More than a year into the COVID-19 pandemic that’s claimed the lives of more than 1,000 Manitobans, the Manitoba government and health-care officials still have not developed triage protocols for doctors.
Triage protocols lay out guidelines for doctors and health-care providers who may need to make dire decisions when it comes to who gets treatment over another.
“You would look at a lot of things, including their pre-morbid status and what you think would be their chance of survival and essentially you kind of compare patients,” Ontario critical care physician Dr. Alex Patel said.
It’s not a common practice in Canada and other developed countries to need such protocols, said Patel, but COVID-19 and how it has overwhelmed the health-care system means it’s needed.
“When you have a limited resource, you end up giving it to those that you think have the best chance of survival and patients that otherwise would have gotten life support in an ICU or kind of denied that because of the limitations,” he said.
He added that decisions are not taken lightly and would be done in consultation with a number of doctors but ultimately it comes down to who would have the better chance of survival.
“It weighs on you mentally. It’s difficult. As we got closer and closer … that creates a lot of stress, a lot of emotional anxiety,” he said.
“I mean, nobody wants to play God, and that’s not why we’re here.”
Last April, the Manitoba government said it was working on putting together a triage protocol. By the time Manitoba’s second wave hit in the fall, doctors feared it was going to be needed as intensive care units filled up and the health-care system was reaching a tipping point.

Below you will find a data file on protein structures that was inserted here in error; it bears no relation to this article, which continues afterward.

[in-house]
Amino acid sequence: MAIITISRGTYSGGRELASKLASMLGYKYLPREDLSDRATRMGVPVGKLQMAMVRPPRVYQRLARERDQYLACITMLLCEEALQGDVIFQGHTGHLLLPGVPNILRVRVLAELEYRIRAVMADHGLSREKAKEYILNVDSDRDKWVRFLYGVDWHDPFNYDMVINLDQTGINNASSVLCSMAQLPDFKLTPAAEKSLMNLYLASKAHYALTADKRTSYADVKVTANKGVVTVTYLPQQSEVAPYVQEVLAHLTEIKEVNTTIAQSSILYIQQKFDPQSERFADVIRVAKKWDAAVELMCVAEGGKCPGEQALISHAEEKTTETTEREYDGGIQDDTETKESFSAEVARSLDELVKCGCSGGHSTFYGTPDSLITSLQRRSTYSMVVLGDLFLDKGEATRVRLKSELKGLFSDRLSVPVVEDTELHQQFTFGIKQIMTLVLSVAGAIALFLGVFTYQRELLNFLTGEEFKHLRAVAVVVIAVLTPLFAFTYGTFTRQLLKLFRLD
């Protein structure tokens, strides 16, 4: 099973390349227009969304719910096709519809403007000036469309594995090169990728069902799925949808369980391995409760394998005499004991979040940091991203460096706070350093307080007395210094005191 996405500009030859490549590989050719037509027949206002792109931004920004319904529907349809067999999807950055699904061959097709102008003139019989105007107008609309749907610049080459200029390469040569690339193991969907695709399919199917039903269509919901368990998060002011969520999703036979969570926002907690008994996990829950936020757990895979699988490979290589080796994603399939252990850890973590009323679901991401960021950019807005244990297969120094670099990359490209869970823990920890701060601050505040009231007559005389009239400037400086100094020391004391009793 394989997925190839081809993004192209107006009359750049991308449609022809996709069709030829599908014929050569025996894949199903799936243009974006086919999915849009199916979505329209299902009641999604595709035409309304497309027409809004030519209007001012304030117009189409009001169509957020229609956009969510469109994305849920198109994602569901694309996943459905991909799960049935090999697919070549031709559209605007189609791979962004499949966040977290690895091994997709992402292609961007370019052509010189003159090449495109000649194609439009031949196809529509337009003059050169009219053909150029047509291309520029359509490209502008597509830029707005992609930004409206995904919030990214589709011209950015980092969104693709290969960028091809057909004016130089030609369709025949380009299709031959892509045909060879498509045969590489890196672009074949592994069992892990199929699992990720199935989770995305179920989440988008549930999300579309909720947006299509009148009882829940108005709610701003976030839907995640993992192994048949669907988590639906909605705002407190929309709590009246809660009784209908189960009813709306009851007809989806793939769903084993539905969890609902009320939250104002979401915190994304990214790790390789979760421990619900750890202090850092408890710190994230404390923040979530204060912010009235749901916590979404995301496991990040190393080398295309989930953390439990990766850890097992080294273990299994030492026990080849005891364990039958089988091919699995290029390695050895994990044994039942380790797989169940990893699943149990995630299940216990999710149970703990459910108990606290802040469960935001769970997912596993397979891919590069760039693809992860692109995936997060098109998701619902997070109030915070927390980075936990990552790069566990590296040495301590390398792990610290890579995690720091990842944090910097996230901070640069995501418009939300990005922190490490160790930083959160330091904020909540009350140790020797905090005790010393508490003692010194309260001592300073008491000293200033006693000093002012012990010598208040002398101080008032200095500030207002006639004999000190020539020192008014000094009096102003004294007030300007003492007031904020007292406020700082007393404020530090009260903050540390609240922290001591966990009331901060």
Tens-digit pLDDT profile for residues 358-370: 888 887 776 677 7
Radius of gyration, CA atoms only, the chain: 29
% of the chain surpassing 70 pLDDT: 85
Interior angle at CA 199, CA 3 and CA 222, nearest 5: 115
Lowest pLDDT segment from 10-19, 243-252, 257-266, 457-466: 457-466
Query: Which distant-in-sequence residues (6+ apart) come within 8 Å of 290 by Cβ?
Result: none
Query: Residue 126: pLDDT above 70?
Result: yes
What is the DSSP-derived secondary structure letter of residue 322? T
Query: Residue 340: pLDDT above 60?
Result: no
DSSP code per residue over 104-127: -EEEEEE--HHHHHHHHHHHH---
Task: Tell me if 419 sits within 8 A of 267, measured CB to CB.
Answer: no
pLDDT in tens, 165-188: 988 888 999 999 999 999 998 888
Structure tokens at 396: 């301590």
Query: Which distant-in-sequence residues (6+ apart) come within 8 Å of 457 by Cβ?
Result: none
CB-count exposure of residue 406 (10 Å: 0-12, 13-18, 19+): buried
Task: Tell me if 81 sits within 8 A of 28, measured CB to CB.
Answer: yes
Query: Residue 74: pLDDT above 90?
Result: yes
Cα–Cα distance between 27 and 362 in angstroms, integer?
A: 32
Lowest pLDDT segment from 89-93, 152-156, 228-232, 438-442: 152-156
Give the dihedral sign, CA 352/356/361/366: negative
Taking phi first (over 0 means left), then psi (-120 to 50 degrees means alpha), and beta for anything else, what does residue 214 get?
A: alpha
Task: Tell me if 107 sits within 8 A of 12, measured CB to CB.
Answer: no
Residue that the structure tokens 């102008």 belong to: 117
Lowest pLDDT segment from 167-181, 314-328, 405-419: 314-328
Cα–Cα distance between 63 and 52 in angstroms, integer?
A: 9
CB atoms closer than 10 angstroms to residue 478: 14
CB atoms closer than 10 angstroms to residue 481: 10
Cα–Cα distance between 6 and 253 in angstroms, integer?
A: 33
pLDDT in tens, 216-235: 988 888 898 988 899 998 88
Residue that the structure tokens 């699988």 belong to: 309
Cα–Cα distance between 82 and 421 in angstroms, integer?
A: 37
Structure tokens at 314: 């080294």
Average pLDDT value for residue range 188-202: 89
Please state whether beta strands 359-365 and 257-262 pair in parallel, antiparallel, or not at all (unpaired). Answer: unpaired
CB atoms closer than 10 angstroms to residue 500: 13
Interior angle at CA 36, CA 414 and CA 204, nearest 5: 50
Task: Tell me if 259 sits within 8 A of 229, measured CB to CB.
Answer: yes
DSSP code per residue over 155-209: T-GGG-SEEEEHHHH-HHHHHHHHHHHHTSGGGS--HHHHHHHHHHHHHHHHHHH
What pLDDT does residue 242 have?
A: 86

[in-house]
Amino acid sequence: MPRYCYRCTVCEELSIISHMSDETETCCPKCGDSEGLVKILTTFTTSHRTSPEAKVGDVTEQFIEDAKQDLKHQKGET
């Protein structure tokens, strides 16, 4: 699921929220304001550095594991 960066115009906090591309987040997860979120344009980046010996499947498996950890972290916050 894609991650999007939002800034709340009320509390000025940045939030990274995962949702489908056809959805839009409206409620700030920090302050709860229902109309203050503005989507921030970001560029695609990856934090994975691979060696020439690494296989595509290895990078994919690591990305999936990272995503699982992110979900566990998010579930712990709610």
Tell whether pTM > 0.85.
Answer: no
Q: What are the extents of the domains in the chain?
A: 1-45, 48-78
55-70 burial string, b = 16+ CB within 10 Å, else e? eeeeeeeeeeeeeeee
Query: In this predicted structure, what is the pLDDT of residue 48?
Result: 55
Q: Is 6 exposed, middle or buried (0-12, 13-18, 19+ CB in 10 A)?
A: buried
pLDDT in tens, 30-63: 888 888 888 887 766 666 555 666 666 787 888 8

But in the midst of Manitoba’s third wave, which many doctors worry could be worse than the previous ones, there is still no triage document.
“I have not seen one in Manitoba,” chief nursing officer Lanette Siragusa said during a Monday press conference. “To my knowledge, we have not (made one) and I would be involved if that was coming to fruition.”
Siragusa said they hope it never gets to a point where those decisions need to be made.
But that’s not good enough for others.
“They should already exist. It is puzzling…. This is 15 months that we’ve been in this pandemic and we’ve known that this could happen at any time,” ethicist Neil McArthur said.
“Unfortunately, I think the government has just perhaps been really reluctant to have this conversation in an open way or they don’t want to admit that it could happen.”
McArthur, director of the Centre for Professional and Applied Ethics at the University of Manitoba, said groups that work with seniors and Manitobans with disabilities should play a significant consultation role in the plan and that it should be made public.
“The general principle that most medical ethicists will use is trying to save the most life years, meaning, you know, trying to prioritize people who have the best chance of survival and people who will survive the longest following this treatment,” McArthur said.
But there also needs to be consideration given for accommodations, he added.
“There are many people who, for reasons of age or disability, just don’t have the same chance for an outcome. So I think that there’s no magic bullet for that,” he said.
These are the types of conversations McArthur said the government and health officials should have been having months ago while putting together a plan. But he worries the time for a plan may already have passed.
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“It may be too late for this. There was an obligation. Unfortunately, we can’t go back in time.”